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WALALALALA! ACTION!

Action-packed movieee!!
VJ Emmie
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Who Killed Captain Alex? is an independent, low budget Ugandan action movie, produced by Ramon Film Productions, and is billed as "Uganda's first action movie". The film was made for over a year and a half in early 2010 on a budget of less than US$200 (400,000 Ugandan shillings), which was raised via crowdfunding websites and donations. It was mostly filmed in the Wakaliga slum of the Ugandan Capital of Kampala for much of its production, and a majority of the props seen were homemade. Much of its popularity overseas is owed to its...energetic YouTube trailers, low quality but exciting action/gunfight sequences and authentic action styling and camera work.

The plot begins with Captain Alex, a highly skilled USF special forces officer and a celebrated national hero, being ordered by the President of Uganda to take his platoon of commandos to the jungle to carry out a deep raid on a base that is home to the deadly Tiger Mafia gang, described as a large gang that rules Kampala and the suburbs around the city with an iron fist, now on the run due to several defeats at the hands of the USF. After stealthily sneaking into the base, taking out a few guards and directly assaulting the base (interrupting a drug deal that the gang was conducting and getting the USF into a deadly and long gunfight with multiple Tiger Mafia goons), the USF commandos manage to capture the brother of the gang's leader, Richard, and escape unharmed.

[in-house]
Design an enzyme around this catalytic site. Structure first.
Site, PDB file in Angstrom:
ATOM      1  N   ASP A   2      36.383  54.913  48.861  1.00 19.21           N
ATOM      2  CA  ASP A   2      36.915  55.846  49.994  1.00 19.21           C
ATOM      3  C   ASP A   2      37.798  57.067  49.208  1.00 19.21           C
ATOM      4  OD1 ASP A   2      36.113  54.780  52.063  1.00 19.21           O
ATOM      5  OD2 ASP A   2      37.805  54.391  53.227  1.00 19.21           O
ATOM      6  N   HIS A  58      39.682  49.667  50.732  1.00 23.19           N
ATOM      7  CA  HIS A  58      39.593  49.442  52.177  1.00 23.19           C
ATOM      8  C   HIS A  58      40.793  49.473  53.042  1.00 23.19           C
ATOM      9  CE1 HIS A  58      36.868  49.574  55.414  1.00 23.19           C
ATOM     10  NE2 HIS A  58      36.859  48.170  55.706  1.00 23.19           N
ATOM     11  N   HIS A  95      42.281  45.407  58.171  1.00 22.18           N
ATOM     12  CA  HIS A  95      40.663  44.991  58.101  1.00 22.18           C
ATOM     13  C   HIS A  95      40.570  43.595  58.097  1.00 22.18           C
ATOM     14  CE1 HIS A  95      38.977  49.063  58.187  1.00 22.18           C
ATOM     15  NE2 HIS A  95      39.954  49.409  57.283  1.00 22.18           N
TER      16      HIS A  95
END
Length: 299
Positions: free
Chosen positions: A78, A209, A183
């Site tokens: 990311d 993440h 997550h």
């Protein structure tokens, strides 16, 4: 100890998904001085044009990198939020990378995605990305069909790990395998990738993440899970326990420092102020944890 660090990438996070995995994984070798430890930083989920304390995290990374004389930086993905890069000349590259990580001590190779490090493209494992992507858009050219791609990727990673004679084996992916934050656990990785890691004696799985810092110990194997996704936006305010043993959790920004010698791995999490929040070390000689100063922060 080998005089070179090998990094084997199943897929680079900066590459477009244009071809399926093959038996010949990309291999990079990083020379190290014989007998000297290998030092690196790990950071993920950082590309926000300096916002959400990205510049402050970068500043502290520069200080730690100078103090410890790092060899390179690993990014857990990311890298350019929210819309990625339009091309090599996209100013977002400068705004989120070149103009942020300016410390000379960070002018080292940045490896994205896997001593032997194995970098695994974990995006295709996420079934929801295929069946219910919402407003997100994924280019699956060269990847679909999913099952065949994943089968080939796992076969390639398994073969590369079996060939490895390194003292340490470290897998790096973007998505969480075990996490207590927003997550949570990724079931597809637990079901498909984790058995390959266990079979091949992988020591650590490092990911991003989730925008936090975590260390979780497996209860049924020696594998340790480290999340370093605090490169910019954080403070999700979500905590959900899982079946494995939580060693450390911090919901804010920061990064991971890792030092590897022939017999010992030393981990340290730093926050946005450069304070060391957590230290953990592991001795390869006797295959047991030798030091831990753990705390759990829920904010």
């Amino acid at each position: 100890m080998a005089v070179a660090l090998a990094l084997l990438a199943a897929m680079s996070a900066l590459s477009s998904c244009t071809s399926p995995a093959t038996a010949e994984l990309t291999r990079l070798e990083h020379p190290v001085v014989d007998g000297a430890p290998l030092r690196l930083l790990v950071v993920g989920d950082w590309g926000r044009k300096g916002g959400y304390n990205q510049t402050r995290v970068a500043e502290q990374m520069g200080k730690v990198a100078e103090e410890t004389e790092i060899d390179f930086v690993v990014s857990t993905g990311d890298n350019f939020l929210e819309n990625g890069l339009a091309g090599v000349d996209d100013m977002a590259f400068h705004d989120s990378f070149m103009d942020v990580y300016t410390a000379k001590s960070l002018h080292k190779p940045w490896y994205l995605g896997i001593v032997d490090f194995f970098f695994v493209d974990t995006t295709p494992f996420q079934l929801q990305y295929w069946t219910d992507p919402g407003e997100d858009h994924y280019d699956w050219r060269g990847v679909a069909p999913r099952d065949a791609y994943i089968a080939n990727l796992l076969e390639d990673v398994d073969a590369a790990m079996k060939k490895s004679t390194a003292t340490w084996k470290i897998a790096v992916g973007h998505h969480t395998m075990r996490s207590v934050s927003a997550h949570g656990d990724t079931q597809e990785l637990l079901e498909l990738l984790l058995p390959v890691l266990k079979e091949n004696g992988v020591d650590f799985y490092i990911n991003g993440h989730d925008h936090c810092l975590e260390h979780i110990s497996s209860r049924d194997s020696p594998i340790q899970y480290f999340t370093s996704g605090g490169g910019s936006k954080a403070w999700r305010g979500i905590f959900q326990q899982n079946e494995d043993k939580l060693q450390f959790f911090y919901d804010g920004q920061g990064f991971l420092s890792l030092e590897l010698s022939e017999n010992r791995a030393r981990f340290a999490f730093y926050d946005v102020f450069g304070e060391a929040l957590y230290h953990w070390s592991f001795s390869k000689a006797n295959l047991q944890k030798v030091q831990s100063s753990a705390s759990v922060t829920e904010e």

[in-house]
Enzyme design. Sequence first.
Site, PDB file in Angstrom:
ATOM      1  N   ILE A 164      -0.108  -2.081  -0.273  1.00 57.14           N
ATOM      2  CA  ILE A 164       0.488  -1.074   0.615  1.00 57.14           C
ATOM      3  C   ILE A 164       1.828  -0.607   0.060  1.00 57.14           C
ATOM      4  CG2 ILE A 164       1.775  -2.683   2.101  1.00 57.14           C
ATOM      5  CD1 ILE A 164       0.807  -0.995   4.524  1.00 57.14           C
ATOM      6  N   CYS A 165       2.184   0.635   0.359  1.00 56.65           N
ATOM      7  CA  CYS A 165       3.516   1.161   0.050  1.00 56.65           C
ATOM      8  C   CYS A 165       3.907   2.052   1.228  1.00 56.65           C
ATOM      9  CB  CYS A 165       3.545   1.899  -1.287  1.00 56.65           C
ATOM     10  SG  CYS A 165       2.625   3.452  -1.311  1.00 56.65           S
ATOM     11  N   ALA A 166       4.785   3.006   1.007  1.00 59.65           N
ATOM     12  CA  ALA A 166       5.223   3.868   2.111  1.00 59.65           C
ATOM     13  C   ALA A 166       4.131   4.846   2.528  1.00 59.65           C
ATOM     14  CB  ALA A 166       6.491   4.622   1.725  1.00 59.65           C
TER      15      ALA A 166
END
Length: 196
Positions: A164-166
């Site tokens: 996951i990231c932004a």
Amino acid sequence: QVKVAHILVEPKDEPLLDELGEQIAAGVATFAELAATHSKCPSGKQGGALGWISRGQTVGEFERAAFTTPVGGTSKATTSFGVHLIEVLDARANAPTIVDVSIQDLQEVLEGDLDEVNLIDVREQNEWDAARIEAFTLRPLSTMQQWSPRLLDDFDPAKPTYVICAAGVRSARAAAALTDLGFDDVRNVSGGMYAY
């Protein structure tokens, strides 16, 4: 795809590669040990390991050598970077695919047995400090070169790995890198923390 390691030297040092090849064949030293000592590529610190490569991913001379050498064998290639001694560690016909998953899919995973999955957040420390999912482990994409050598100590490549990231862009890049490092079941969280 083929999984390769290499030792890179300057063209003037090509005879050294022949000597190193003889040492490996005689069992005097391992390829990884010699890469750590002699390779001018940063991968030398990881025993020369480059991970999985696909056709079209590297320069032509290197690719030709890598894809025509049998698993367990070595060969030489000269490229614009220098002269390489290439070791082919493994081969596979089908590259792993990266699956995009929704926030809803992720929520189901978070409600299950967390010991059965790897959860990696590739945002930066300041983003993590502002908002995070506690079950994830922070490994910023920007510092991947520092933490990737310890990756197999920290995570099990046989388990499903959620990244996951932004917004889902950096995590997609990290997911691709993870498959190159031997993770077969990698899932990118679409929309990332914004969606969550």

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The distraught Richard (after learning of his brother's capture by the USF on national TV), with the help of his double agent/spy on the inside of the USF command structure, retaliates with a massive assault on the USF base that results in the death of Captain Alex (it is disputed who killed him however) and the USF falling into disarray for quite a while. Now it is up to Bruce U, a mixed martial arts master and brother of the dead captain, to get revenge on the Tiger Mafia and bring Richard to justice before he, his Tiger Force goons and his squadron of attack helicopters put a plan into motion to destroy Uganda's cities and bring down Uganda's government for good.

The entire adventure is (sorta) narrated by Emmie (who is known in Uganda to narrate other films), a self described "video joker" or VJ for short, that provides commentary on the events in the film, or make silly jokes, or just shout out random words. The full film was released on Youtube in 2015, and was released as a Blu-ray double feature in June of 2019 with Bad Black.

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This film series contains examples of: